In any type of market, investors love income. When economic uncertainty is high, knowing a dividend payment is coming through helps ease our worries. When the economy is booming, that extra dividend payout is a bonus. So how do we find these real estate investment trust (REIT) stocks to buy?
I like hunting down income-generating REIT stocks based on their consistency and quality. In many cases, these names may fly under the radar despite the higher yields and incredible consistency.
According to the U.S. Securities and Exchange Commission (SEC), “To qualify as a REIT, a company must have the bulk of its assets and income connected to real estate investment and must distribute at least 90 percent of its taxable income to shareholders annually in the form of dividends.”
During certain environments — mostly pertaining to the economy and interest rates — REIT holdings can struggle and we’re seeing that today. However, for many patient investors, it could be an opportunity to buy high-dividend REIT stocks for discounts.
REIT Stocks to Buy: Realty Income (O)
Realty Income (NYSE:O) has become known as the Monthly Dividend Company. Only decades of consistency could deliver that type of title. As shares continue to languish around $60, long-term investors seem content to DRIP (dividend reinvestment program) their dividend payouts into the stock, slowly building their stake as shares yield just over 5%.
That’s a rather high yield for this stock, which has only yielded more than 5% for brief periods of time over the last decade.
The company has now raised its dividend for 103 straight quarters — or four times a year for more than 25 years. How many companies struggle to raise their dividend just once a year over a span like that? Plenty!
Further, Realty Income has paid a dividend for 636 consecutive months (or more than 50 years).
Lastly, the firm believes in diversification from a tenant and industry perspective, helping to insulate its risk and remain committed to the dividend. When investing in REIT stocks for income, diversification is key.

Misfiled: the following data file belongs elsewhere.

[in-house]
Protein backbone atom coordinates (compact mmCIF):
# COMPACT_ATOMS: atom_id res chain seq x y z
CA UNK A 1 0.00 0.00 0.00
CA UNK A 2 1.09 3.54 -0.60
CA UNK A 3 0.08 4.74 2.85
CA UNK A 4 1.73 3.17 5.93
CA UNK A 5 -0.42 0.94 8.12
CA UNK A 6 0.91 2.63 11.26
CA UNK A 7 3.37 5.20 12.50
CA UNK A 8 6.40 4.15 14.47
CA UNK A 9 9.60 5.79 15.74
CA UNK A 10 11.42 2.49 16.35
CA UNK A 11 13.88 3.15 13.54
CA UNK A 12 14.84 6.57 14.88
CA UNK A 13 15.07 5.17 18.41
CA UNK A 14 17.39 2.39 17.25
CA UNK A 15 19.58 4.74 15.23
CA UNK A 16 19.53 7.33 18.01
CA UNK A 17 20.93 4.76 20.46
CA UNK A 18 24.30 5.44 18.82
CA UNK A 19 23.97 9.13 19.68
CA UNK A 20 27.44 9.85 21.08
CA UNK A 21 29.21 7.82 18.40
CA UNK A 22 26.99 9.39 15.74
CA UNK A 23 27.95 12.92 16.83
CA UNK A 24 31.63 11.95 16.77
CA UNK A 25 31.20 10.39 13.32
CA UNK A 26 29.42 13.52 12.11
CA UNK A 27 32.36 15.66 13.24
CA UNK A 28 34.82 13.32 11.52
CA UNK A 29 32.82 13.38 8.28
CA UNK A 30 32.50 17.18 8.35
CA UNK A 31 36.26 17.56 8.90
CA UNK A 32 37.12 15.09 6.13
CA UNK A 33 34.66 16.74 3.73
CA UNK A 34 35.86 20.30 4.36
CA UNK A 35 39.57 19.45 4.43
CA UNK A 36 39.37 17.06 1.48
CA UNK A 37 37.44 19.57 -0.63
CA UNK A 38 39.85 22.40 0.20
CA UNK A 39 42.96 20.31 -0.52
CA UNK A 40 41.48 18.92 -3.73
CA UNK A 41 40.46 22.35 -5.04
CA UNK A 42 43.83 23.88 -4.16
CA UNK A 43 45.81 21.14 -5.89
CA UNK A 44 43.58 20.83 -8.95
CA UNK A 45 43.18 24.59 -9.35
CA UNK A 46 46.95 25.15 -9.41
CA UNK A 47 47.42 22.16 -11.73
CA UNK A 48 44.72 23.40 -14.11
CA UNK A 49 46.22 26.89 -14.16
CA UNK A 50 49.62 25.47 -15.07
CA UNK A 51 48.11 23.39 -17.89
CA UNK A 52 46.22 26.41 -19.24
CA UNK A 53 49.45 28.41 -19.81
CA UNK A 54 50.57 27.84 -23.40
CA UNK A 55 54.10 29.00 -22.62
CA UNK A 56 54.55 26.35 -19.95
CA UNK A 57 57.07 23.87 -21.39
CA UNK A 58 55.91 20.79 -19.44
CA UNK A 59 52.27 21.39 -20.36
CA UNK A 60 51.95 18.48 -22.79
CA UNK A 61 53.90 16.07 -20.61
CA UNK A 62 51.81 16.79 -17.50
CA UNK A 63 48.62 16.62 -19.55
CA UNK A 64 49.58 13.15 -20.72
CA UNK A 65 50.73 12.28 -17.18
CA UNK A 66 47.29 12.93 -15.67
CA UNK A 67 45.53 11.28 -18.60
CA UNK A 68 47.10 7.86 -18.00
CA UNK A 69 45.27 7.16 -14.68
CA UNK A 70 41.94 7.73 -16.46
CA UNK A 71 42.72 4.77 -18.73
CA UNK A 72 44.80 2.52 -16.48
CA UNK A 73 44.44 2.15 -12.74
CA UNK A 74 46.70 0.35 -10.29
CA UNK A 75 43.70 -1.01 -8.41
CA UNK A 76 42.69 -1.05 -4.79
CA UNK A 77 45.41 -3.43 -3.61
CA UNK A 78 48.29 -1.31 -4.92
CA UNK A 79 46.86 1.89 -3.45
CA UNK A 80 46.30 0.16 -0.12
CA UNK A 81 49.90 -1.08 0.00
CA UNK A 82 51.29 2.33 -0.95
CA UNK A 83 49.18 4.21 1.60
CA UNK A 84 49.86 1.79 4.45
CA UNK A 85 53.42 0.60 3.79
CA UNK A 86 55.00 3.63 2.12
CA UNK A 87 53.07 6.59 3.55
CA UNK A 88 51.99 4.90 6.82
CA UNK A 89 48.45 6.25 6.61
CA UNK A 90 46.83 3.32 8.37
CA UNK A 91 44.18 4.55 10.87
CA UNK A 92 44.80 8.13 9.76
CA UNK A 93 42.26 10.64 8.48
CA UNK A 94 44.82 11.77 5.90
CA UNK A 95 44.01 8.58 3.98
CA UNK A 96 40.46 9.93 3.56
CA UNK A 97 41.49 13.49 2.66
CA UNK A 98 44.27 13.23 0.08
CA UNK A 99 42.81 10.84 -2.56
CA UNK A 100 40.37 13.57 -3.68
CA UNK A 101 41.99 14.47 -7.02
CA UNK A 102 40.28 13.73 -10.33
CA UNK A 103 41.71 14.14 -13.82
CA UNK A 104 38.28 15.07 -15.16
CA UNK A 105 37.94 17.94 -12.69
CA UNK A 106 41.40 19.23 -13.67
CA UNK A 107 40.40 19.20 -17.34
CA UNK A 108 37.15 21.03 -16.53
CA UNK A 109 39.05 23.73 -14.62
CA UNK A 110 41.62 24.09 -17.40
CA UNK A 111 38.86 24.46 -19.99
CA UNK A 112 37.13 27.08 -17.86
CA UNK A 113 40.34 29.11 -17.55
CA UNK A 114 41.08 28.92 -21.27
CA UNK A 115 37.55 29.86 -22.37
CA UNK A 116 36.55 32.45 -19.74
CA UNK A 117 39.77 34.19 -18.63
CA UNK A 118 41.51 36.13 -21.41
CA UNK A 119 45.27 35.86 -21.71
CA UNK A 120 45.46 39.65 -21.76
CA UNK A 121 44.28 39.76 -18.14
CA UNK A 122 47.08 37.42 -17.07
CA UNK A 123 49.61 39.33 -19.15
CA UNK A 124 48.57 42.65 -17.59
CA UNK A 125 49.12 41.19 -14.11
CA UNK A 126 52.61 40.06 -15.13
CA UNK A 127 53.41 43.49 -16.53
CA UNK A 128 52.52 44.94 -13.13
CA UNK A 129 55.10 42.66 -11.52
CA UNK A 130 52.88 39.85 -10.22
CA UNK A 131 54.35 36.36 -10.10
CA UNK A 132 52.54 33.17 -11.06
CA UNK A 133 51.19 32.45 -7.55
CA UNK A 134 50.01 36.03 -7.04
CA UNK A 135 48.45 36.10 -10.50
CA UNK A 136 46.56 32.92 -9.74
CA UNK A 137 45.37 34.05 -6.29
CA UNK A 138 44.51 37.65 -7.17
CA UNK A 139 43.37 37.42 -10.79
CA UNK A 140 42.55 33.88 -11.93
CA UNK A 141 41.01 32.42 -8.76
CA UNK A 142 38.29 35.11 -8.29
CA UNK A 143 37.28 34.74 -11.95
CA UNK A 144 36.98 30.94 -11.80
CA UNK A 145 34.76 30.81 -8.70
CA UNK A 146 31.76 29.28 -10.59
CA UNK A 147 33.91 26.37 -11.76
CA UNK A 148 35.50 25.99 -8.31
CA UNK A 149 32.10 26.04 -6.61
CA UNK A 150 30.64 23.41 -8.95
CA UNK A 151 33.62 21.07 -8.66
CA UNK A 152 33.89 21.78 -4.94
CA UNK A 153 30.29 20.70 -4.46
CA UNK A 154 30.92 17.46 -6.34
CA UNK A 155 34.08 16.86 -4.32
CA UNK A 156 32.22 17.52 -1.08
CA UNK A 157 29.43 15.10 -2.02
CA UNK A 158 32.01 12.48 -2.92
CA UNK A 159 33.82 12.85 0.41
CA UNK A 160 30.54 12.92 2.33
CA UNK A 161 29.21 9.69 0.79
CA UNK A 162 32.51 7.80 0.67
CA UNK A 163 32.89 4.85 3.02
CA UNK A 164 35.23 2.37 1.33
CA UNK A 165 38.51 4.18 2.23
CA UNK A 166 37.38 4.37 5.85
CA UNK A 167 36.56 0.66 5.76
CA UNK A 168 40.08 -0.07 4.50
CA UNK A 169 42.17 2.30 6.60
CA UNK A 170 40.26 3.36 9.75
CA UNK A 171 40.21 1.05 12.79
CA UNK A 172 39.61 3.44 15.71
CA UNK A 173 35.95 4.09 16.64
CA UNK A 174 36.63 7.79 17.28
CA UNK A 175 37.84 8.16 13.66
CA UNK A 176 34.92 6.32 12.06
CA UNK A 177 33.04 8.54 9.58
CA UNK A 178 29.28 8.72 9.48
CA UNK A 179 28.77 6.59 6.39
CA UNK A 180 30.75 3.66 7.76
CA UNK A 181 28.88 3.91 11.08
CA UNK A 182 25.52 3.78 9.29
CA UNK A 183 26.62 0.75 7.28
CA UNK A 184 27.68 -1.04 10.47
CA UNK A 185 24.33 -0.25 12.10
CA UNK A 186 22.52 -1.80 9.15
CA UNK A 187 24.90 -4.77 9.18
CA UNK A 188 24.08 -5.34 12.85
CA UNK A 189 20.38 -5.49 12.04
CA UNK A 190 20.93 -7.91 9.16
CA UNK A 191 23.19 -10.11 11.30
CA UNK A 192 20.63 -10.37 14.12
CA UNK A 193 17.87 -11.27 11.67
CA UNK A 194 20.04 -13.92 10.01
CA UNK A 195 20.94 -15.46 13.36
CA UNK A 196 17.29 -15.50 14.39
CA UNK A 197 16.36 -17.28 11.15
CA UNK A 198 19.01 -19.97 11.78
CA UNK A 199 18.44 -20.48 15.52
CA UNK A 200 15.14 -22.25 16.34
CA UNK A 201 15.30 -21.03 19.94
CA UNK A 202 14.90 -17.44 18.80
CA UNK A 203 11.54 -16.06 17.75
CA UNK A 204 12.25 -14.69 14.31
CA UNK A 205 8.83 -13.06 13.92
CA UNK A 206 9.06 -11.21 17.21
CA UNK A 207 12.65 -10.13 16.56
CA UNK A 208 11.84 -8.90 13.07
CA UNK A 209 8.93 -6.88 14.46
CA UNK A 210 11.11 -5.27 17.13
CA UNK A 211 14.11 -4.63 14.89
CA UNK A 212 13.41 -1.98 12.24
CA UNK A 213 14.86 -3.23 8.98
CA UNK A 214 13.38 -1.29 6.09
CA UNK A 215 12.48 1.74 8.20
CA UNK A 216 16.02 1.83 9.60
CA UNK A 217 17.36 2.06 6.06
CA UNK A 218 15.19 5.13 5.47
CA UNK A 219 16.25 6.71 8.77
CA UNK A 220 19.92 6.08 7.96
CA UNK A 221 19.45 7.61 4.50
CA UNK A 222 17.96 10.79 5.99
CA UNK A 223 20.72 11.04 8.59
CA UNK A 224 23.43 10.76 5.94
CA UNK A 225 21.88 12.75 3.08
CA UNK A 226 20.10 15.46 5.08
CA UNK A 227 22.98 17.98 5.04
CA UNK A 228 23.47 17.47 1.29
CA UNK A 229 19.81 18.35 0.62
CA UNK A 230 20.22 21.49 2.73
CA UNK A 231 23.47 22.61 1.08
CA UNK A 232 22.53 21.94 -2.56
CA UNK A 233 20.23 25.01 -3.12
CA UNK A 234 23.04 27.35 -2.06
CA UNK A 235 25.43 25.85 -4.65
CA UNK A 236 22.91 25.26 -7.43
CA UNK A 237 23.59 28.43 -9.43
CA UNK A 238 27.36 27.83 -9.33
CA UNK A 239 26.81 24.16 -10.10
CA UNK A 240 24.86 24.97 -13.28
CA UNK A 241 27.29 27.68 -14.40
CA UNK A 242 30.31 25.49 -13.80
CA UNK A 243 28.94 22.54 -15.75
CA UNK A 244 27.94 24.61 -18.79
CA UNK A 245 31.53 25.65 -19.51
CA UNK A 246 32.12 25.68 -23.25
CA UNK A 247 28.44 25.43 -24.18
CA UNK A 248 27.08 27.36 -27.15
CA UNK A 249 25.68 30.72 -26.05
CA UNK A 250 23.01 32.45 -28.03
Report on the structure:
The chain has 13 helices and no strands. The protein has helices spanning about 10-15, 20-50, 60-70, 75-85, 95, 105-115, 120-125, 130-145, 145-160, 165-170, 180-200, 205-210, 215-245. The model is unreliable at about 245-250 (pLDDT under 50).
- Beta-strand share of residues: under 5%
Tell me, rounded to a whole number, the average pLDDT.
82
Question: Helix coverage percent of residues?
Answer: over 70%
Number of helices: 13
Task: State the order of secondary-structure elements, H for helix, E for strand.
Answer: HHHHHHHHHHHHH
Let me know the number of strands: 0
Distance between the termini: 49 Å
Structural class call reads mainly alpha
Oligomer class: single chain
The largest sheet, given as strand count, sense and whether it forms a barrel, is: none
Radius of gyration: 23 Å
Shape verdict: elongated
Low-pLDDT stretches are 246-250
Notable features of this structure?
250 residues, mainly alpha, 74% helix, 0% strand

The Longest Streak: Federal Realty (FRT)
Like Realty, it’s been tough to find Federal Realty (NYSE:FRT) with an elevated dividend yield over the last decade. However, despite a recent 15% rally in the stock price from the May low, shares still yield close to 4.5%.
For a blue-chip name like this, it should have investors looking at it as one of the REIT stocks to buy.
The company recently reported better-than-expected bottom-line results, while its portfolio had 94.2% of its properties leased as of quarter-end of March 31. That’s up 0.50% year over year. Further, CEO Donald Wood said, “Leasing volume has remained strong, exceeding pre-pandemic levels by 20%-30%.”
According to the company, “With an increased annual dividend rate for 55 consecutive years, we hold the longest consecutive record in the REIT industry.”
Despite a modest sub-$8 billion market cap, Federal Realty holds great properties in numerous markets.
Income Generating REIT Stocks: Public Storage (PSA)
Have you tried getting a storage unit lately? It seems impossibly difficult and it has been that way for years. As a result, it has us focused on Public Storage (NYSE:PSA). Shares currently yield 4.1% while the stock has been consolidating after a long pullback.
PSA stock fell 35% from its high but has been trading between $275 and $300 for months. If the stock can clear multi-quarter resistance around $315, it could have a lot of room for the upside.
Here’s the thing, though.
The stock paid a dividend of $2.00 a share for years. That’s not like what we were used to with the other companies above — Realty Income and Federal Realty.
In 2022, the firm did pay a big special dividend and earlier this year, management raised the payout by 50% to $3.00 a share. So there is a renewed focus on the dividend, but it should be pointed out that the streak is nowhere near some of the stalwarts in the REIT space.
On the date of publication, Bret Kenwell did not have (either directly or indirectly) any positions in the securities mentioned in this article. The opinions expressed in this article are those of the writer, subject to the InvestorPlace.com Publishing Guidelines.